6 panel bi-fold doors

How to maximise space using a standard Wickes 6 panel door

6 panel bi-fold doors

I have just such a room, a dining room, that has high traffic and is also used as a temporary work space. It has 2 entrances, one from the kitchen and one from the lounge, with the 2 sets of doors being close together. One of the doorways has a double door which really protrudes into the room. One of the double doors is always clattering into the door of the kitchen and blocking the walkway space into the room.

The solution was to make the double doors from the lounge into bifolds thus tucking the doors out of the way and stopping them from clashing with the kitchen door while freeing up walkway space around the door area.

My initial search for 6 panel doors that came as readymade bifolds revealed only that they came as part of a kit where there was a track that would go along the header of the door in which the bifolded doors would run. The logic behind this was that the track was needed to support the doors when closed and keep them straight in the doorframe. This meant the doors in the kit were 30 or 40 millimetres shorter due to the track mechanism than I needed. I was planning to use thumb turned rack bolts at the top and bottom of the door to hold the doors shut so I wanted full height doors.

The only option was to take 2 standard Wickes hollow 6 panel doors and turn them into a bifold doors.

t3274_165871_00

The doors were slightly too big for the opening so a line was scribed along the top with the doors with the doors being parallel to the jam on the hinge side giving the door a couple of millimetres clearance between the door and the header when cut. If the threshold of the door is not parallel with the bottom of the door then scribe a line on the bottom of the door as well. Make sure that timber removed from the top and bottom of the door leaves a gap above and below the door of a couple of millimetres. The timber was carefully removed using a fine 60 tooth bladed circular saw.

door_frame_parts

The doors were cut down the centre of the panels using the circular saw. The doors were clamped on top of 2 work benches. Cutting the doors in half revealed the hollow insides of the doors which are filled with thin cardboard. The cardboard was pushed in to allow timber battens that were planed to 27mm thick and 36mm wide to be glued in the gap and clamped.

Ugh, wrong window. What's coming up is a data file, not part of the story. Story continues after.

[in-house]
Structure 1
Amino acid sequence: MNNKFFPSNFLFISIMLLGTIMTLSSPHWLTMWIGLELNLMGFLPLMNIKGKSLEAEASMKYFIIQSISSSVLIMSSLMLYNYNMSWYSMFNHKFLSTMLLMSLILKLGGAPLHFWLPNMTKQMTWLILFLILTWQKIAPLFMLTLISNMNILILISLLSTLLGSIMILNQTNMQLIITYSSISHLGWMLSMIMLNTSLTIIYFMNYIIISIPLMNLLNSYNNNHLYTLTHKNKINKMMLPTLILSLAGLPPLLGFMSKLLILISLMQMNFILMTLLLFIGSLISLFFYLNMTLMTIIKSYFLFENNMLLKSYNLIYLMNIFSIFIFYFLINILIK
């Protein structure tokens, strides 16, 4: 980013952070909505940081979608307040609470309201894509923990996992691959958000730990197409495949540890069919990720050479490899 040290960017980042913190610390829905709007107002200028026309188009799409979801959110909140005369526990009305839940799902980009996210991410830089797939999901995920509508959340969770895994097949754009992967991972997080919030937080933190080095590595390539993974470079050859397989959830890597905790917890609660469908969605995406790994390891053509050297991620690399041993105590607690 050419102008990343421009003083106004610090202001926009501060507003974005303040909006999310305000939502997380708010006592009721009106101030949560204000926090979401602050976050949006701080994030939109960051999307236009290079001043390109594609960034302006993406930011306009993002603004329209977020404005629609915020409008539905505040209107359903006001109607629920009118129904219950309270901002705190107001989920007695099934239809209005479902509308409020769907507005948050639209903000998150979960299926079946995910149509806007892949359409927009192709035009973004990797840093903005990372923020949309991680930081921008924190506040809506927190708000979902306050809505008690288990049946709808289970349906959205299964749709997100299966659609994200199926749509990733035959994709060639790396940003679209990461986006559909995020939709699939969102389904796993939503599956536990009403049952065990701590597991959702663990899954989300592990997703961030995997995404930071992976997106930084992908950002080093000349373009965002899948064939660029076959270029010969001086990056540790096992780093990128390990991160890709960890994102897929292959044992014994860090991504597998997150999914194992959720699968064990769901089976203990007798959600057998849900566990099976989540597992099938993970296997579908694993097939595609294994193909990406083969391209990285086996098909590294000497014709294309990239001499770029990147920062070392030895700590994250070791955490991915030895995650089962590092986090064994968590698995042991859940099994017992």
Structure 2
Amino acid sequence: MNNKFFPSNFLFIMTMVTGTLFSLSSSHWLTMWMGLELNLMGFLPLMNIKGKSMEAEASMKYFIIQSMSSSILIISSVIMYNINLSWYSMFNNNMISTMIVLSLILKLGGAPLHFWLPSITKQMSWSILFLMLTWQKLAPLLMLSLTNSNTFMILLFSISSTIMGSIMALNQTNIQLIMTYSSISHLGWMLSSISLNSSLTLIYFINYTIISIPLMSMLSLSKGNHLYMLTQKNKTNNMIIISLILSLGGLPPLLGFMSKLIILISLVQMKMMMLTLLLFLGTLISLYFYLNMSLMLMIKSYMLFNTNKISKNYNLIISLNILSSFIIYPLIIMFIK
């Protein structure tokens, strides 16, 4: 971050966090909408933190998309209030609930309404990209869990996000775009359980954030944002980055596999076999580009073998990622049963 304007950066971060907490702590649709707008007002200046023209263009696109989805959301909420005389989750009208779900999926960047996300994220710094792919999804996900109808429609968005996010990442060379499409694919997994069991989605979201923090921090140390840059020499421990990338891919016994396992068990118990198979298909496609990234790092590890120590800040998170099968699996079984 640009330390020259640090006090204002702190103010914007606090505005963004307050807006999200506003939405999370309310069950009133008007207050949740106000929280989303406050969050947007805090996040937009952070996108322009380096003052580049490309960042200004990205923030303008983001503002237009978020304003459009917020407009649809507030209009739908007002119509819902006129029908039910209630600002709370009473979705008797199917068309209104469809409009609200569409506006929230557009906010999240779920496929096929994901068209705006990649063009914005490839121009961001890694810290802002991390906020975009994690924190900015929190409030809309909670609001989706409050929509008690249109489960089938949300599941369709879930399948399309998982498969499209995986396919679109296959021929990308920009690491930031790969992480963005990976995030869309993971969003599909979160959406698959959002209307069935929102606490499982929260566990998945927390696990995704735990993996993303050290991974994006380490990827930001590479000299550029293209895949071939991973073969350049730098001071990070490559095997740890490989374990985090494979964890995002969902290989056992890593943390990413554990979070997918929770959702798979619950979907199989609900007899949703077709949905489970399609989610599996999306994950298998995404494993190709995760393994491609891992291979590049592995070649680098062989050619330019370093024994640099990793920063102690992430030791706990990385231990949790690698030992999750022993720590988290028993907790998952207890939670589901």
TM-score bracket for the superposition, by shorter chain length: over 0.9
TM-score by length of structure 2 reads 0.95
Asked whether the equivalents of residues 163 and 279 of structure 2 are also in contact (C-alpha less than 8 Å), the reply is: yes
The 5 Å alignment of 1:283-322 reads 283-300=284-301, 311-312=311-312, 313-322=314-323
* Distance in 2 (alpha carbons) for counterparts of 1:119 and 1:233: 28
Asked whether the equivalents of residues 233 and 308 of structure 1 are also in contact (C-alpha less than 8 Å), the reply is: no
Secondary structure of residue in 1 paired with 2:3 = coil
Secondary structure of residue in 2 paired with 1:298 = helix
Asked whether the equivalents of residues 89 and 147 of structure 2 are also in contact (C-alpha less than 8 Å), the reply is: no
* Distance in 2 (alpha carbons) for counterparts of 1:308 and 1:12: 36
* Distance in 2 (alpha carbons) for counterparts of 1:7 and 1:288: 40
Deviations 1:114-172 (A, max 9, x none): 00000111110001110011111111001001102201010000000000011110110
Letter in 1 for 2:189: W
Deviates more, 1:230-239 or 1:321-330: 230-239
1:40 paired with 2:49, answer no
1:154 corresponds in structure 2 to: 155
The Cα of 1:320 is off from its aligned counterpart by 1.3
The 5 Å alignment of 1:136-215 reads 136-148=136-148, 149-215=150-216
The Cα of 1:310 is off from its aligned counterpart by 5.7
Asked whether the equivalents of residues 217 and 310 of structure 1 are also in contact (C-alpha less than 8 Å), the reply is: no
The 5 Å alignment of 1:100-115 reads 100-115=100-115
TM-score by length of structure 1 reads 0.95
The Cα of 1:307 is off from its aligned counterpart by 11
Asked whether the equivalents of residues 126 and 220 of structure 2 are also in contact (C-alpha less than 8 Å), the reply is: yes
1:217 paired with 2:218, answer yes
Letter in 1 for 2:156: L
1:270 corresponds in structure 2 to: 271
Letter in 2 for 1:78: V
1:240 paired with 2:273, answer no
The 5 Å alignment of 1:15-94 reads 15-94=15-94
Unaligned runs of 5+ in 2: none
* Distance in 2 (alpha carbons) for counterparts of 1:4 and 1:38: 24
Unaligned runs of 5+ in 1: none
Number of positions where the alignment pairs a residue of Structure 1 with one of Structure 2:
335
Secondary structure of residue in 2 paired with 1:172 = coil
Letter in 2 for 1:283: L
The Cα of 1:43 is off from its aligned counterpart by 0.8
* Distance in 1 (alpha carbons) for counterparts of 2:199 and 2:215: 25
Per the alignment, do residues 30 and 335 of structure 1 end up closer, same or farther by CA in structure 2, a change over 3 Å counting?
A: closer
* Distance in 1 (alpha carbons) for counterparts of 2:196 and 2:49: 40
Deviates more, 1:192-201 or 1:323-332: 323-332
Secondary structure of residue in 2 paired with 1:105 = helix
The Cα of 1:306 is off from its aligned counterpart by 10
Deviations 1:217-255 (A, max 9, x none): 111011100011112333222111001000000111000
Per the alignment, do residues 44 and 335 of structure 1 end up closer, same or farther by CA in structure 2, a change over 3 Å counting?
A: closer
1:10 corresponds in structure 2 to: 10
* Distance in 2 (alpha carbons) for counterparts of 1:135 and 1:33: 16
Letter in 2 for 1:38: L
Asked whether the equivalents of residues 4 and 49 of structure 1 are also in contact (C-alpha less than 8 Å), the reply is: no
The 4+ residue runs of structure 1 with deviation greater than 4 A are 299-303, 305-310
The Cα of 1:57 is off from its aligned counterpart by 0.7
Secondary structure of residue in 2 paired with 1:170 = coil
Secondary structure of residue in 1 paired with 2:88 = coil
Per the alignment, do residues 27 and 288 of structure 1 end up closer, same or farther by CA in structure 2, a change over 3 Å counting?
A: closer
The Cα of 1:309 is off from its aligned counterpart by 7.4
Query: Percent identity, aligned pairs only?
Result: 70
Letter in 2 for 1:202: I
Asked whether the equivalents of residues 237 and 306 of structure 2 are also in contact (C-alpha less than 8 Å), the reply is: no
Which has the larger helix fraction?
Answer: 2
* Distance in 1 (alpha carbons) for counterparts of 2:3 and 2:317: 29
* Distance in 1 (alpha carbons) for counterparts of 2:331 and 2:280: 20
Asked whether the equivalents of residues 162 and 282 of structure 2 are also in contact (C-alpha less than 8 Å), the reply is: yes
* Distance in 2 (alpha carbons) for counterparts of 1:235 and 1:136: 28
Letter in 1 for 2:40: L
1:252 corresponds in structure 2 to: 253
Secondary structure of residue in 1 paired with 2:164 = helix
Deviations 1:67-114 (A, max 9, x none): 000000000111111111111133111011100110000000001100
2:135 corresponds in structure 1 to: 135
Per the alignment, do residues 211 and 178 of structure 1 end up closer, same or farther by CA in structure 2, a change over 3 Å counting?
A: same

door_cut_in_half

The timber battens were allowed to set for 24 hours. The hinges were then marked up on the doors matching the existing hinge placements. The hinge housings were then cut out using a router to a depth of 1.5 times the thickness of the hinge leaves. The housing needs to be deep enough to take the hinge leaf and accept part of the depth of the hinge knuckle. See the diagram below of the parts of a hinge being the knuckle, leaf and cap.

parts_of_a_hinge

Don’t worry if the housings are too deep as the hinge depth can be fine tuned with pieces of thin card or paper placed in the housing. Old Christmas cards or Birthday cards are good for this. I used Wickes grade 7 fire rated ball bearing hinges to give the doors stability and a smooth movement.

door_clamped

Clamp the 2 doors together and mark the position of the hinges that join the 2 doors together. Then using the router chop out the housings for the hinges. Fit the hinges to the 2 doors so that they join together and then hang the door into the frame. Repeat these steps for the other door. Adjust the depth of the hinges to allow the minimum gap when closed.

bifold_6_panel_doors

If the doors are too wide then trim the door on the hinge side and use the router to recreate the housings for the hinges. If the gap between the doors is too big then use cardboard or paper shims placed under the hinge to close the gap.I used thumb turns and rack bolts to finish off the doors and allow them to be locked into position when closed.

bifold_doors_open


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